For many of us, the holiday traditions we’ve created or adopted are the ones that stick most. Marcia set out to discover Rosh Hashanah traditions and how we can make them our own.
To celebrate Tu b’Av, the Jewish holiday of love, which falls beginning the evening of July 26 this year, take a page out of ancient books and look to the vineyard for inspiration.
For some Jews, food can be the last thing connecting them to their religion, but it can also be a powerful way into Judaism. And gastronomic Judaism can be cooked up…err, cultivated.
As a child, Nani longed to bring her mother breakfast in bed on Mother’s Day. But it wasn’t her mother’s style. Less than a month before her death, she finally accepted.
Growing up Catholic in the South, Heather didn’t have much exposure to Passover. But as someone who loves to cook, hosting the seder with her fiancé was a natural choice.
Congressman Jared Polis traces his family’s history through recipes passed down from his great-grandmother, grandmother and mother and recorded in community cookbooks and even encased in plastic in a Rolodex.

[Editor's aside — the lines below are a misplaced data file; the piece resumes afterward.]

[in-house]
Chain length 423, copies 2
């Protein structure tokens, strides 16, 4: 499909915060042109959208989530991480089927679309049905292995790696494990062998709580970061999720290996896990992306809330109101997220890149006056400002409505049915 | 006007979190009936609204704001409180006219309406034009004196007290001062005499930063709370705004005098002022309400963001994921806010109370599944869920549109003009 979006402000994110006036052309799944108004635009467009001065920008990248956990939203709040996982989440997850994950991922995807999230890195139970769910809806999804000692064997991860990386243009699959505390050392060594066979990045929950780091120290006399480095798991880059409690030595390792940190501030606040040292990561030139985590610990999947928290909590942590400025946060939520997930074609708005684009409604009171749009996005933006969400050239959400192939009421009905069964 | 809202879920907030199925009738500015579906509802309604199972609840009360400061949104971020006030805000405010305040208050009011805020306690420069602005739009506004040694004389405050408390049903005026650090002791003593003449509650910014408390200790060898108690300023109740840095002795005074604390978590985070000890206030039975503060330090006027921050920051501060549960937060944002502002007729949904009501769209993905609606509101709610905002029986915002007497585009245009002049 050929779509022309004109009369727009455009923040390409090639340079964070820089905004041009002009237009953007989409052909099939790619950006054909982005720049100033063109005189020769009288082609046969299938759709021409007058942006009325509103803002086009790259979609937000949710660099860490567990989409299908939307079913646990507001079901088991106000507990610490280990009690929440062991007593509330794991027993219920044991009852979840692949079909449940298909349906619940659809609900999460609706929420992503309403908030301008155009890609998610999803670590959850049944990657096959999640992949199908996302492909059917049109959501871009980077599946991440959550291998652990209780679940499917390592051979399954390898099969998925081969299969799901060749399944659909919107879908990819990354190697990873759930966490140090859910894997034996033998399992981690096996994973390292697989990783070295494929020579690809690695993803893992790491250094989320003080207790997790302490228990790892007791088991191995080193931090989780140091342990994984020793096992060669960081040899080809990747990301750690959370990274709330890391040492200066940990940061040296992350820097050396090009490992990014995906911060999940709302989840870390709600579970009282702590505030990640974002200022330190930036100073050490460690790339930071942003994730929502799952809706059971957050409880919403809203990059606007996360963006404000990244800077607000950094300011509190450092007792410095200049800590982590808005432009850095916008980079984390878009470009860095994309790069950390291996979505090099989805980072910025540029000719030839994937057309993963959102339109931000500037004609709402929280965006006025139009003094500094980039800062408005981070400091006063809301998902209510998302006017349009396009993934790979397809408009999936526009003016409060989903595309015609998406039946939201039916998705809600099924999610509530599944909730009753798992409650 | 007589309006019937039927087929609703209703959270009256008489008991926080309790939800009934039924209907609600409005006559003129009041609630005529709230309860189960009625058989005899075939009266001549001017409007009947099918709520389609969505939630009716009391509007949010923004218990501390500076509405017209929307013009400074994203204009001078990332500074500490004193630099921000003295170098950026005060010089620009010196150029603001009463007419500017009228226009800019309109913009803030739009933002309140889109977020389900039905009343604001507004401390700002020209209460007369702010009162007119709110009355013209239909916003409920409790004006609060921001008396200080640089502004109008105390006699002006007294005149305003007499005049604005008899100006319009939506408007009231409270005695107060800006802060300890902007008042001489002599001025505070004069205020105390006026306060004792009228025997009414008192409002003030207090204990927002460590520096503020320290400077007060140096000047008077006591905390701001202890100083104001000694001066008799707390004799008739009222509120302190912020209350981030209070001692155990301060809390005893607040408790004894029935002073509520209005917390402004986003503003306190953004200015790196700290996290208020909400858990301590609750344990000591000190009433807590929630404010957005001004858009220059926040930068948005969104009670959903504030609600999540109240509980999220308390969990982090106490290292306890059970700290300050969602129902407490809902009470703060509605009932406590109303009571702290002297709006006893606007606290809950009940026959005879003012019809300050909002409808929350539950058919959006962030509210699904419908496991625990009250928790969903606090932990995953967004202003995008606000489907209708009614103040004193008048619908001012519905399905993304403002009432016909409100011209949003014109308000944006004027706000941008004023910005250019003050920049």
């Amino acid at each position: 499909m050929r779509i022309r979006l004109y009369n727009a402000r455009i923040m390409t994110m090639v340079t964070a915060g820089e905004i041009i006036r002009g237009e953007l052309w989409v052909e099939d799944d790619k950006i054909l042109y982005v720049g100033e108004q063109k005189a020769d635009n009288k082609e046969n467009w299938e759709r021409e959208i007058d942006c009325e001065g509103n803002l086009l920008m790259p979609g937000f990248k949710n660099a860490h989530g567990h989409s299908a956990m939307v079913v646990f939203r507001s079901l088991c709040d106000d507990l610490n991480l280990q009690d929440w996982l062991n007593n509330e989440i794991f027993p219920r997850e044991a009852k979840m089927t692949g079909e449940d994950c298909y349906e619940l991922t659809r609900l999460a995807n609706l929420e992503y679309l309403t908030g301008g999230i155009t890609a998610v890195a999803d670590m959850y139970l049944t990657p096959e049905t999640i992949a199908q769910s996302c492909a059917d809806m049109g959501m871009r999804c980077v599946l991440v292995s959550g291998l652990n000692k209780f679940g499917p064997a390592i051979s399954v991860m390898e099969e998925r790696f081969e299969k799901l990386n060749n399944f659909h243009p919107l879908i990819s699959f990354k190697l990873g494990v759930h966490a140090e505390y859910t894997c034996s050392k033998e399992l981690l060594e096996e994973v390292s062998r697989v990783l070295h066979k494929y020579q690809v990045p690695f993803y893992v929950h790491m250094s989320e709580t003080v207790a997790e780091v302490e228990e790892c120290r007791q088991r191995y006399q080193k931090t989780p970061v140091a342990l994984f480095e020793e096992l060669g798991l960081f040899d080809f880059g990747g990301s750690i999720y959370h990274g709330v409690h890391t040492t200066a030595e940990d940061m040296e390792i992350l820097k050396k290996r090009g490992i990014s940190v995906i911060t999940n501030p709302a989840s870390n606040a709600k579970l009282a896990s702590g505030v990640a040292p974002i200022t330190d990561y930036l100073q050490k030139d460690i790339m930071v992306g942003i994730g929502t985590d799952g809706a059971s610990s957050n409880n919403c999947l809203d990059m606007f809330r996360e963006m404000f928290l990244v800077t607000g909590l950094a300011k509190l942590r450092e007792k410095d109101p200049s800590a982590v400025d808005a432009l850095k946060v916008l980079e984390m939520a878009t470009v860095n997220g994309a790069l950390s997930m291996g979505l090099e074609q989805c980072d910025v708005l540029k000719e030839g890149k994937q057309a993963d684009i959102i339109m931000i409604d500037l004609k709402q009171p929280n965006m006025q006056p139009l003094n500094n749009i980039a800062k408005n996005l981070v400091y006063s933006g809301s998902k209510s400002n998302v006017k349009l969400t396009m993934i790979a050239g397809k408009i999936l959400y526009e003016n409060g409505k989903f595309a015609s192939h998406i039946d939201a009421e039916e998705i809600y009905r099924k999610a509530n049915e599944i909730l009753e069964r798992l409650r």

Packed with protein and nutrients—not to mention flavor and texture!—quinoa, the Andean “superfood” can be prepared in so many different ways for Passover and all year long.
A boozy orange salad inspired by a Sicilian salad puts a lot of symbolism on the table, with the orange that represents feminism and Israel, olive oil for peace and wine for, well, Passover.
Last week, Sixth & I hosted the first in a three-part series on modern Israeli cooking taught by local caterer and writer Vered Guttman. The focus: Sephardic and Israeli Passover cooking.
What’s Passover without mounds of coconut macaroons or their almond cousins? Annabel clears up confusion about the different types and takes us on a tour of the bakeries around town offering them.